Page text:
On a thin wire, a small gray bird flits her tail. Flings her wings to balance. Hops sideways and flies off. A phoebe bird - a fly catcher - she keeps her nest under the eaves of the shed by Bloodroot's shop. Her cry is crackly, and her nest is a mess of moss and twigs perched precariously under a roof. I watch the phoebes flit around the garden, flying back and forth from the fence to the eaves and back, while I work here every day. 

I'm the very mobile part of Bloodroot Blades. Luke and David have to be behind the anvil, in front of the forge, at the grinder. They have stations. My laptop and I can sit anywhere, and most often, I am outside. Because we're in Georgia, and spring is waning, that won't last long. Soon it will be much too hot to sit outside on this bench and write emails to all of you. But now, it's 70 degrees, and I can sit in the dappled shade, write to you, and watch the phoebes. 

The phoebe's nest under the eaves

The phoebe's nest under the eaves

Behind the garden and the birds is a rising roof. Right now, David and I live fifteen minutes away from the Bloodroot shop, and we drive here each morning. But, when Luke and Helen and David and I bought this land together, the plan was always that we would build a house here and move to the land. That process has begun, and every day, the time gets closer that we will get up in the morning and walk through wet grass to work rather than drive along busy roads.

So, we are becoming more and more rooted to this land in Oglethorpe County. Luke and Helen have long been growing roots here, and now David and I are, too. We tend the garden like we already live here, dealing with its mysteries. Like why the garlic doesn't seem to be doing so well but the leeks are doing fabulously. If I figure that out, I'll let you know. I'll probably figure it out from that back porch, pictured above. But that will be a gardening post for another time. Until then, I'll leave you with some Mary Oliver, oft quoted, but never old:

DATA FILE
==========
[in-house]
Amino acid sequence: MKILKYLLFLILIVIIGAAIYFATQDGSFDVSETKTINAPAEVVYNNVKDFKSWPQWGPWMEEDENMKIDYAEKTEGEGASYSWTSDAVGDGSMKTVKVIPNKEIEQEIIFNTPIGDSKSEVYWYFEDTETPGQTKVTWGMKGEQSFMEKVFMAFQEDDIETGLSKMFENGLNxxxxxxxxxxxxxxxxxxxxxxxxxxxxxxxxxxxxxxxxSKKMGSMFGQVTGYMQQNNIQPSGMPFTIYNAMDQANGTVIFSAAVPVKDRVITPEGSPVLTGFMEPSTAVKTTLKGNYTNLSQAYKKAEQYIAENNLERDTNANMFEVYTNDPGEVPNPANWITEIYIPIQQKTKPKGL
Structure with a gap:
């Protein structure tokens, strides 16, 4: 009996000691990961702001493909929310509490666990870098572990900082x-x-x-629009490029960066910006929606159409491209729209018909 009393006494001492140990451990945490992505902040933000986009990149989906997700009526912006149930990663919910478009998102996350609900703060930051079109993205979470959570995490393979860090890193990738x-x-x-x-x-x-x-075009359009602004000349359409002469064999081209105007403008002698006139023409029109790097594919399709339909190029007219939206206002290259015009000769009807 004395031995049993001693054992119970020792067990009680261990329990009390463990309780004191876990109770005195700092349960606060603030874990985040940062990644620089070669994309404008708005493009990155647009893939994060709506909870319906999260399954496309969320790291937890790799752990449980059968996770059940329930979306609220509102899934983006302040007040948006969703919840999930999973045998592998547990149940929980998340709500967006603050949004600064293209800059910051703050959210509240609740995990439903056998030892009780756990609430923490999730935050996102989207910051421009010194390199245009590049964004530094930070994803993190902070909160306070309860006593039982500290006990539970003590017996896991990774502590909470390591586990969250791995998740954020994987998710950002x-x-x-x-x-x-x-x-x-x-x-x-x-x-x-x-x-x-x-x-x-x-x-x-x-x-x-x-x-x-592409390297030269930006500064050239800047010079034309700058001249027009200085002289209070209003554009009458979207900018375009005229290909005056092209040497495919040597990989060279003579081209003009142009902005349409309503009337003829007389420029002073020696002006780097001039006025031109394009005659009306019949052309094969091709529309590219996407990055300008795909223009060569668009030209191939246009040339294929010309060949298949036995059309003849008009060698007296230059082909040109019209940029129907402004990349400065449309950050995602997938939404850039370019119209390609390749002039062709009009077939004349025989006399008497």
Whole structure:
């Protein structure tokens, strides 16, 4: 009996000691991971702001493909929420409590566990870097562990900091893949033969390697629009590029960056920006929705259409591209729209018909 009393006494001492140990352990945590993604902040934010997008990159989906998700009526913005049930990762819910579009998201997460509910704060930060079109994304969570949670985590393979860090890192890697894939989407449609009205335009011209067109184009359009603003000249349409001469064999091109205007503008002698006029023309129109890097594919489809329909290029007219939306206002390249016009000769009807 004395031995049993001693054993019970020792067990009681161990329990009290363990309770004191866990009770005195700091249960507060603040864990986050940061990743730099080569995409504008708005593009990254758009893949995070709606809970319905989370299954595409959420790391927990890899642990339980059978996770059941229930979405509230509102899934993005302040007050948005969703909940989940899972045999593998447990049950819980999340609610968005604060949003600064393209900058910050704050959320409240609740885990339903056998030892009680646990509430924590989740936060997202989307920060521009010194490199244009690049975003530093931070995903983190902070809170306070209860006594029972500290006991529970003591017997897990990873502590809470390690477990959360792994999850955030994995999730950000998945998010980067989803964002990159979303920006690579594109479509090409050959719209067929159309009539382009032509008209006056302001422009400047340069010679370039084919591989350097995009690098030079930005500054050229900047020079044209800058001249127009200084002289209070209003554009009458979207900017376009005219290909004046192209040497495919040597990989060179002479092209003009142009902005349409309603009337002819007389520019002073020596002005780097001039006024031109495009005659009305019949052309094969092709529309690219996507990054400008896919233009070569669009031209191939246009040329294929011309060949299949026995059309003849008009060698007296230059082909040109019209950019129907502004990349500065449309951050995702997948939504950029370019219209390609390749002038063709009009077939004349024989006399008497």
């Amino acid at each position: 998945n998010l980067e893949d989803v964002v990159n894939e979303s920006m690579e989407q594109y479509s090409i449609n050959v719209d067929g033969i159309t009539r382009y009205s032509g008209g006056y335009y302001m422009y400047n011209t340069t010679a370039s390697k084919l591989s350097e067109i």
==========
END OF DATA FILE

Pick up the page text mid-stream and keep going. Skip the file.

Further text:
The Summer Day

Who made the world?
Who made the swan, and the black bear?
Who made the grasshopper?
This grasshopper, I mean-
the one who has flung herself out of the grass,
the one who is eating sugar out of my hand,
who is moving her jaws back and forth instead of up and down-
who is gazing around with her enormous and complicated eyes.
Now she lifts her pale forearms and thoroughly washes her face.
Now she snaps her wings open, and floats away.
I don't know exactly what a prayer is.
I do know how to pay attention, how to fall down
into the grass, how to kneel down in the grass,
how to be idle and blessed, how to stroll through the fields,
which is what I have been doing all day.
Tell me, what else should I have done?
Doesn't everything die at last, and too soon?
Tell me, what is it you plan to do
with your one wild and precious life?
—Mary Oliver